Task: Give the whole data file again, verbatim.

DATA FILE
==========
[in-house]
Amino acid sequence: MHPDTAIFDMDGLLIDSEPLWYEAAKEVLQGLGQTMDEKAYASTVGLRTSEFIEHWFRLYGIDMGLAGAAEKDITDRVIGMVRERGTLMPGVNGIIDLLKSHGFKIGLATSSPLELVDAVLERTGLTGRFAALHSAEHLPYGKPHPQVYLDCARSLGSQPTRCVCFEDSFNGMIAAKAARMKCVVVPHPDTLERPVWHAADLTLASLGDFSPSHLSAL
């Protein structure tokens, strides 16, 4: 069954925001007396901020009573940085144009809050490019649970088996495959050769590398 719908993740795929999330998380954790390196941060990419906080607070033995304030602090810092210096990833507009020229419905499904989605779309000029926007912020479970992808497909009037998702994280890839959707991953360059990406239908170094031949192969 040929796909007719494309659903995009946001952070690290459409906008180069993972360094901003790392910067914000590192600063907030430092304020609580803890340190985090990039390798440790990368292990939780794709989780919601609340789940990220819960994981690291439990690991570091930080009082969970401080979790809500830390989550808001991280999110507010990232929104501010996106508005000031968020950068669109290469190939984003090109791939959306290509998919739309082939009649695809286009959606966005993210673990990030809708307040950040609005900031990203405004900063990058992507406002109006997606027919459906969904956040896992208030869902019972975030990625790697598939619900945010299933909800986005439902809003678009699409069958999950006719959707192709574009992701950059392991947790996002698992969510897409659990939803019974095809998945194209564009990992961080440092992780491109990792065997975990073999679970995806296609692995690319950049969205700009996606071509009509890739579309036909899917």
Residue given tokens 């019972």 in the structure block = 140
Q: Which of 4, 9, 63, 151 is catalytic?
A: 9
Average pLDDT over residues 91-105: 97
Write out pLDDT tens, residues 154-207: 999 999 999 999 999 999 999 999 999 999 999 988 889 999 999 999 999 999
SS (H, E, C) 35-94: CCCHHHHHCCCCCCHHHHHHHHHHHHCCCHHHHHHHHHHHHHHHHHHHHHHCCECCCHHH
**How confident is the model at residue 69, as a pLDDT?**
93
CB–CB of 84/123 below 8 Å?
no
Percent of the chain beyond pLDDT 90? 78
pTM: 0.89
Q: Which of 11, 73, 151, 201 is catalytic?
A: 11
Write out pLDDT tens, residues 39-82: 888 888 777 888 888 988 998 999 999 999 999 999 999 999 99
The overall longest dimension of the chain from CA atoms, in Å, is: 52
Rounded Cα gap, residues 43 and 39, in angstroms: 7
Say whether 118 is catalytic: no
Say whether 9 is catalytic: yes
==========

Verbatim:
[in-house]
Amino acid sequence: MHPDTAIFDMDGLLIDSEPLWYEAAKEVLQGLGQTMDEKAYASTVGLRTSEFIEHWFRLYGIDMGLAGAAEKDITDRVIGMVRERGTLMPGVNGIIDLLKSHGFKIGLATSSPLELVDAVLERTGLTGRFAALHSAEHLPYGKPHPQVYLDCARSLGSQPTRCVCFEDSFNGMIAAKAARMKCVVVPHPDTLERPVWHAADLTLASLGDFSPSHLSAL
């Protein structure tokens, strides 16, 4: 069954925001007396901020009573940085144009809050490019649970088996495959050769590398 719908993740795929999330998380954790390196941060990419906080607070033995304030602090810092210096990833507009020229419905499904989605779309000029926007912020479970992808497909009037998702994280890839959707991953360059990406239908170094031949192969 040929796909007719494309659903995009946001952070690290459409906008180069993972360094901003790392910067914000590192600063907030430092304020609580803890340190985090990039390798440790990368292990939780794709989780919601609340789940990220819960994981690291439990690991570091930080009082969970401080979790809500830390989550808001991280999110507010990232929104501010996106508005000031968020950068669109290469190939984003090109791939959306290509998919739309082939009649695809286009959606966005993210673990990030809708307040950040609005900031990203405004900063990058992507406002109006997606027919459906969904956040896992208030869902019972975030990625790697598939619900945010299933909800986005439902809003678009699409069958999950006719959707192709574009992701950059392991947790996002698992969510897409659990939803019974095809998945194209564009990992961080440092992780491109990792065997975990073999679970995806296609692995690319950049969205700009996606071509009509890739579309036909899917």
Residue given tokens 């019972």 in the structure block = 140
Q: Which of 4, 9, 63, 151 is catalytic?
A: 9
Average pLDDT over residues 91-105: 97
Write out pLDDT tens, residues 154-207: 999 999 999 999 999 999 999 999 999 999 999 988 889 999 999 999 999 999
SS (H, E, C) 35-94: CCCHHHHHCCCCCCHHHHHHHHHHHHCCCHHHHHHHHHHHHHHHHHHHHHHCCECCCHHH
**How confident is the model at residue 69, as a pLDDT?**
93
CB–CB of 84/123 below 8 Å?
no
Percent of the chain beyond pLDDT 90? 78
pTM: 0.89
Q: Which of 11, 73, 151, 201 is catalytic?
A: 11
Write out pLDDT tens, residues 39-82: 888 888 777 888 888 988 998 999 999 999 999 999 999 999 99
The overall longest dimension of the chain from CA atoms, in Å, is: 52
Rounded Cα gap, residues 43 and 39, in angstroms: 7
Say whether 118 is catalytic: no
Say whether 9 is catalytic: yes